Sociology: A 21st Century Major
The American Sociological Association has recently labeled sociology “a 21st century major” based on the relationship between the dictates of the 21st century labor market (fast-paced, ever-changing, increasingly global and technologically driven) and the tools and skills taught in our courses. Furthermore, these tools and skills which form the distinctive niche of the Department of Sociology also are linked to several strategic guiding principles of the University of West Georgia and the College of Social Sciences. Specifically, our niche is made up of the following four outcomes (though this is not an exhaustive list):
Opportunities to conduct research and analyze data – Sociology students not only learn the basics of research methodology and data analysis at UWG, but they also have opportunities to engage in experiential learning. This is accomplished by providing students the opportunity to engage in research activities, both independently and in collaboration with faculty. These students then often present their work in university, regional and nationwide academic settings, and when possible, submit this work for possible publication to university and external outlets. These skills and experiences are invaluable for our students as they seek employment opportunities or further education after their time at UWG. This corresponds with the institutional guiding principle #1 of balancing the liberal arts with professional preparation and often also these research endeavors also correspond with institutional guiding principle #4 of engaging in community service to match the needs of all of our stakeholders.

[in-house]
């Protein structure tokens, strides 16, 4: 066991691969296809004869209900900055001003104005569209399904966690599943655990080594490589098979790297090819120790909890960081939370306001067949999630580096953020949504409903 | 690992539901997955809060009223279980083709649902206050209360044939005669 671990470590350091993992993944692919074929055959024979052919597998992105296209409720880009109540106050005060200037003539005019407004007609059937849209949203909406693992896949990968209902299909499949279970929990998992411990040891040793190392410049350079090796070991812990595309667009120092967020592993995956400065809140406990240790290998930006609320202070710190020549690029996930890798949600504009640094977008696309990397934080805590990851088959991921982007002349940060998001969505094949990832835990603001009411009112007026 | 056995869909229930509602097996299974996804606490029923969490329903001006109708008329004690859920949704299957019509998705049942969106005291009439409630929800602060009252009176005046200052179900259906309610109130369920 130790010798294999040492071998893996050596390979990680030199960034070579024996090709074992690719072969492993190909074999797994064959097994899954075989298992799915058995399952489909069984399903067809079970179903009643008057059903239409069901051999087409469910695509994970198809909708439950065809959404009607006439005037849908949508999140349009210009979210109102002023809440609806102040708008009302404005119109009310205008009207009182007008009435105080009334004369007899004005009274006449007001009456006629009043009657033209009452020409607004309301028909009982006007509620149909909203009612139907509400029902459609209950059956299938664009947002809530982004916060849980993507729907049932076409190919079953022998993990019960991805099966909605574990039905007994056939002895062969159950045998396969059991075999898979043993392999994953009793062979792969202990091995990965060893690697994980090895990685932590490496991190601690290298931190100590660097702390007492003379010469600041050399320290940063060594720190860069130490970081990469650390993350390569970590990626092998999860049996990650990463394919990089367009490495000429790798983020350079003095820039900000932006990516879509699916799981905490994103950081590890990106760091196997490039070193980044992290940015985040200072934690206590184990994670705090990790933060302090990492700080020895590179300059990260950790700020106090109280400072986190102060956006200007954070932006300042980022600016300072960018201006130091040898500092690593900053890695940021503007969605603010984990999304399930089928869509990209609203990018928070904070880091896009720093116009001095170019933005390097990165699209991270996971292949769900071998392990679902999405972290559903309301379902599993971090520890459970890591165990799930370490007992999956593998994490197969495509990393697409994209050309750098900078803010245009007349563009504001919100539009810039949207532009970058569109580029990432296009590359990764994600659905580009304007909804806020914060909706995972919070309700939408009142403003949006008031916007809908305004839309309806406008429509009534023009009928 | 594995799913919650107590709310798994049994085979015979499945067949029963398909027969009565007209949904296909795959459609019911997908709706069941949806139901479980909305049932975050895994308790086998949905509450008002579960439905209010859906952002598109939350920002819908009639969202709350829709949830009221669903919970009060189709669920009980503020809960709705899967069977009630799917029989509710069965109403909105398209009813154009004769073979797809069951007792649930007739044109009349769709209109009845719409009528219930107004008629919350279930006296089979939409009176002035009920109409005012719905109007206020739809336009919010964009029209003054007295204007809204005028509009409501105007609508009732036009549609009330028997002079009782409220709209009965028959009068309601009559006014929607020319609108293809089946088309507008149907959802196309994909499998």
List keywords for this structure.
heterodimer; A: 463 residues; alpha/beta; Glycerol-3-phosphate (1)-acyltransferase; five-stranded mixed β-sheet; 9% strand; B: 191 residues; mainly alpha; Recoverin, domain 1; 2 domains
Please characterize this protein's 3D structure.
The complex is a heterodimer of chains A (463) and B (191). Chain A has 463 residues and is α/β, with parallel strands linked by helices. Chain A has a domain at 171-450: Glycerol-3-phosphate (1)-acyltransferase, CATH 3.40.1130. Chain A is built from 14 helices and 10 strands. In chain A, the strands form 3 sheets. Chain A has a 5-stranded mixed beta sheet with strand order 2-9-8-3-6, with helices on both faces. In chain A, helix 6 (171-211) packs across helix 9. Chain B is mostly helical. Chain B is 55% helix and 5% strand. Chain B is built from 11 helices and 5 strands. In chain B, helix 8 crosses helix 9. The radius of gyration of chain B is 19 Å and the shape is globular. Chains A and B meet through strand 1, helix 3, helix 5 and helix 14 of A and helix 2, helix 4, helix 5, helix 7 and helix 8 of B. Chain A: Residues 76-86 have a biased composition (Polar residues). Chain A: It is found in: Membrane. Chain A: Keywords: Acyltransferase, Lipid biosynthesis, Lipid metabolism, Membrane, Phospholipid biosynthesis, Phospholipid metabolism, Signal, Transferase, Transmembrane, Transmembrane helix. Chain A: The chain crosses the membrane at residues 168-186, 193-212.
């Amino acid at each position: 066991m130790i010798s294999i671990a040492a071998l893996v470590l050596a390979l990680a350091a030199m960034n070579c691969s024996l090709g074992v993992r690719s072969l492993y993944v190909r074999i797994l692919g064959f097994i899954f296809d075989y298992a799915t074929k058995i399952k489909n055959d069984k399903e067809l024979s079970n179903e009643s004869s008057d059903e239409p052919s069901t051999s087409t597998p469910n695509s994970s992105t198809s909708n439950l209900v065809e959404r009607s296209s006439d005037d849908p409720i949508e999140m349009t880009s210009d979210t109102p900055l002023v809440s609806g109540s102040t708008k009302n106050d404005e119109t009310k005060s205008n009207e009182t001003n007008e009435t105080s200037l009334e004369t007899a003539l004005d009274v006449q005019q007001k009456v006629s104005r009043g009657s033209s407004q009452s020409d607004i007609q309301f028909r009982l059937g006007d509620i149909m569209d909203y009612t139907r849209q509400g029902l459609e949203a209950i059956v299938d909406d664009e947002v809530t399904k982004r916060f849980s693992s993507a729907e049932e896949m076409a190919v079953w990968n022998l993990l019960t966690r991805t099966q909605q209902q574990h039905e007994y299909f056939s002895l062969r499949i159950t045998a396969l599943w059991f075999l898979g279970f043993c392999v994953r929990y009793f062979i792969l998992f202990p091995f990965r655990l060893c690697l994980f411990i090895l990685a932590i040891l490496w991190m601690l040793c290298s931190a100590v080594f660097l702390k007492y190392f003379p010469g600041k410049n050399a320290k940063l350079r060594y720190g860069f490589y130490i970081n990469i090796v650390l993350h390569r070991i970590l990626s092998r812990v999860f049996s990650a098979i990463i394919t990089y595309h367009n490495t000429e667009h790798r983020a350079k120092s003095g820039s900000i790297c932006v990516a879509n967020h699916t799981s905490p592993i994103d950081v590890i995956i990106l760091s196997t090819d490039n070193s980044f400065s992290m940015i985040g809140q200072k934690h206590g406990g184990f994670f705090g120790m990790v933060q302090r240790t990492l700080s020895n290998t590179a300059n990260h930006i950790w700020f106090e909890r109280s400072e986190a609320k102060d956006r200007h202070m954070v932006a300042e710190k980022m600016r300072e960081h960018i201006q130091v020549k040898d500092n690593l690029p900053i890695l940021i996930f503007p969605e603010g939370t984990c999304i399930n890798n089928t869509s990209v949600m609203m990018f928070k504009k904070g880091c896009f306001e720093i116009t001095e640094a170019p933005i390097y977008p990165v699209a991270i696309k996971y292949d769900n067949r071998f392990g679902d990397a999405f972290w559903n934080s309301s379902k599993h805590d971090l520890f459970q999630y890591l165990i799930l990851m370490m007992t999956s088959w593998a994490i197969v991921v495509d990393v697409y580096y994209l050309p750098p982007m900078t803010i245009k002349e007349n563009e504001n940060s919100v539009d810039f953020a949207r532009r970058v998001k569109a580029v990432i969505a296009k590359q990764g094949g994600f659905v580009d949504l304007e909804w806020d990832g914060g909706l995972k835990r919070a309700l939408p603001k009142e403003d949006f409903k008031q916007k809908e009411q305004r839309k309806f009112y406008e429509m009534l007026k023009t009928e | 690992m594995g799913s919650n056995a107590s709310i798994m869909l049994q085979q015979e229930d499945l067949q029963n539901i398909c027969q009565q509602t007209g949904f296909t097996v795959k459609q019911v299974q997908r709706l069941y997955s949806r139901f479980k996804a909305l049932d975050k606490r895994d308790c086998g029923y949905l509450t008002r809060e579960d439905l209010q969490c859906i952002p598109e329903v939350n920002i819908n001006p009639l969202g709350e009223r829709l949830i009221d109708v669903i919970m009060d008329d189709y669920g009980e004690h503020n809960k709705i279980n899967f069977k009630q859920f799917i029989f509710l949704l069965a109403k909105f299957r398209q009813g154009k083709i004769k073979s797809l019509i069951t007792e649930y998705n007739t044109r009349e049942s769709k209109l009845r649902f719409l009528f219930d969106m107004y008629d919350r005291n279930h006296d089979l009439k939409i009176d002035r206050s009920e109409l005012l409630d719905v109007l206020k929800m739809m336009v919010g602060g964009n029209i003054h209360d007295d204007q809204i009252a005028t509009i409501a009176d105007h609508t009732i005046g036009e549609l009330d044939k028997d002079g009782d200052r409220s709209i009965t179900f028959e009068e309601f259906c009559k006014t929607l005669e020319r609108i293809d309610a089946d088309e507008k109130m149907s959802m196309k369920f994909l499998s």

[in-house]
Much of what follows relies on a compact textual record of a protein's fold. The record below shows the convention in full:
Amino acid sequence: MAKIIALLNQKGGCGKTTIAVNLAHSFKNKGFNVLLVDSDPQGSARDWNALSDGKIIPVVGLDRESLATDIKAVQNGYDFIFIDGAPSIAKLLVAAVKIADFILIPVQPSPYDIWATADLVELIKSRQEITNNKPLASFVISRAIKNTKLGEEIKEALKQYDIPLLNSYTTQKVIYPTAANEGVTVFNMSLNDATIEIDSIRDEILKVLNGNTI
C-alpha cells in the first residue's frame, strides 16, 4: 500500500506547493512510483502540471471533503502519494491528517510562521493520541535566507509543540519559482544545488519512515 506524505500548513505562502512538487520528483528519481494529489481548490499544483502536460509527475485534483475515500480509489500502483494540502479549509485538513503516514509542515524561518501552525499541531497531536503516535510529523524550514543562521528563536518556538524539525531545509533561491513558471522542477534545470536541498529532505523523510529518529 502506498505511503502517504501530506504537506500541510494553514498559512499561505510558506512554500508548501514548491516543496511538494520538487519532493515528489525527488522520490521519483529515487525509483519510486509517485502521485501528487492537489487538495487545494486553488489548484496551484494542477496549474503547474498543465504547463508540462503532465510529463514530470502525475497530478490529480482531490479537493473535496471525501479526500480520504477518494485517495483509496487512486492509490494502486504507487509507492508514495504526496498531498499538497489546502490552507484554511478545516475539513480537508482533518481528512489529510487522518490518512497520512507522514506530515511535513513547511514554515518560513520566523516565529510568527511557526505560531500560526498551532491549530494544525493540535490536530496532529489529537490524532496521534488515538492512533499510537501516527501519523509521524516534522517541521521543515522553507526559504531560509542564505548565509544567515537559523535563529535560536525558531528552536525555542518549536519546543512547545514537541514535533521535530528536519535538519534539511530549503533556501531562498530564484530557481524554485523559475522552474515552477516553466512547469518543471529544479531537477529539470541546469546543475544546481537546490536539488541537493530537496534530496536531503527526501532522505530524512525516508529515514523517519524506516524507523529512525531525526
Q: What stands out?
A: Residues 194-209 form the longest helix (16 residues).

Ability to communicate skillfully – Sociology students learn how to convey their ideas and observations effectively in a variety of oral and written formats. This is accomplished through course discussion and presentations, course assignments/papers, and a variety of other pedagogical approaches, as well as the dissemination of research they conduct (noted in #1 above). The ability to communicate skillfully is an indispensable component for success in today’s economy and in broader social life. This corresponds with SACS accreditation requirements, the institutional guiding principle #1 of balancing the liberal arts with professional preparation and the university Quality Enhancement Plan, which is focused on applied discipline specific writing and communication.
Opportunities to practice critical thinking – The sociological perspective is one that fundamentally leads practitioners and students alike to critically assess many underlying assumptions and arrangements they observe in society and social life through careful analysis. Asking the “why” questions and finding logical and/or empirically defensible answers is what we train students to do. This corresponds with the institutional guiding principle #1 of balancing the liberal arts with professional preparation.
Gaining a perspective and appreciation of diversity and difference, both local and global – Sociology students are exposed to a diversity of perspectives, social arrangements and peoples, including those around them (i.e. local) and those far away (i.e. global). Students engage in thoughtful analysis of diversity and diverse realities across space and time. This is accomplished through work in the classroom and also through external engagements with the local community and the broader world, such as through internships or interaction with outside speakers, community leaders, or groups. This corresponds with institutional guiding principle #1 of balancing the liberal arts with professional preparation and also institutional guiding principle #4 of engaging in community service to match the needs of all of our stakeholders.